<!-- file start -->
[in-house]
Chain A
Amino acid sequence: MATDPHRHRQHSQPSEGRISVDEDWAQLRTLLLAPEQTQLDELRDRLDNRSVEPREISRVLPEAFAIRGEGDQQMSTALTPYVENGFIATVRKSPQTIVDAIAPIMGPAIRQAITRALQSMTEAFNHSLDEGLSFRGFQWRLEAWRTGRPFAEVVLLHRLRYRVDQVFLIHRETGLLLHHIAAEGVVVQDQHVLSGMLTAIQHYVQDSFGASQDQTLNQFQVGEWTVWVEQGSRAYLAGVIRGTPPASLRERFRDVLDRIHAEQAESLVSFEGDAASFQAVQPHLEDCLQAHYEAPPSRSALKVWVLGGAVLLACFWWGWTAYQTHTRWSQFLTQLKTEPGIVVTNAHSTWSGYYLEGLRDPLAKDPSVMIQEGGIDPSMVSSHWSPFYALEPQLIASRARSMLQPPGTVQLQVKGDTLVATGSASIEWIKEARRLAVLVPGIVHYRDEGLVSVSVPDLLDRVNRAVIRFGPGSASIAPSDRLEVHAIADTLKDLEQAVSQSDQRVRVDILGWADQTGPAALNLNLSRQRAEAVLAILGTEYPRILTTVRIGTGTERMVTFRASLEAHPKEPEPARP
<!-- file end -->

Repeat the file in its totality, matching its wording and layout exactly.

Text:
[in-house]
Chain A
Amino acid sequence: MATDPHRHRQHSQPSEGRISVDEDWAQLRTLLLAPEQTQLDELRDRLDNRSVEPREISRVLPEAFAIRGEGDQQMSTALTPYVENGFIATVRKSPQTIVDAIAPIMGPAIRQAITRALQSMTEAFNHSLDEGLSFRGFQWRLEAWRTGRPFAEVVLLHRLRYRVDQVFLIHRETGLLLHHIAAEGVVVQDQHVLSGMLTAIQHYVQDSFGASQDQTLNQFQVGEWTVWVEQGSRAYLAGVIRGTPPASLRERFRDVLDRIHAEQAESLVSFEGDAASFQAVQPHLEDCLQAHYEAPPSRSALKVWVLGGAVLLACFWWGWTAYQTHTRWSQFLTQLKTEPGIVVTNAHSTWSGYYLEGLRDPLAKDPSVMIQEGGIDPSMVSSHWSPFYALEPQLIASRARSMLQPPGTVQLQVKGDTLVATGSASIEWIKEARRLAVLVPGIVHYRDEGLVSVSVPDLLDRVNRAVIRFGPGSASIAPSDRLEVHAIADTLKDLEQAVSQSDQRVRVDILGWADQTGPAALNLNLSRQRAEAVLAILGTEYPRILTTVRIGTGTERMVTFRASLEAHPKEPEPARP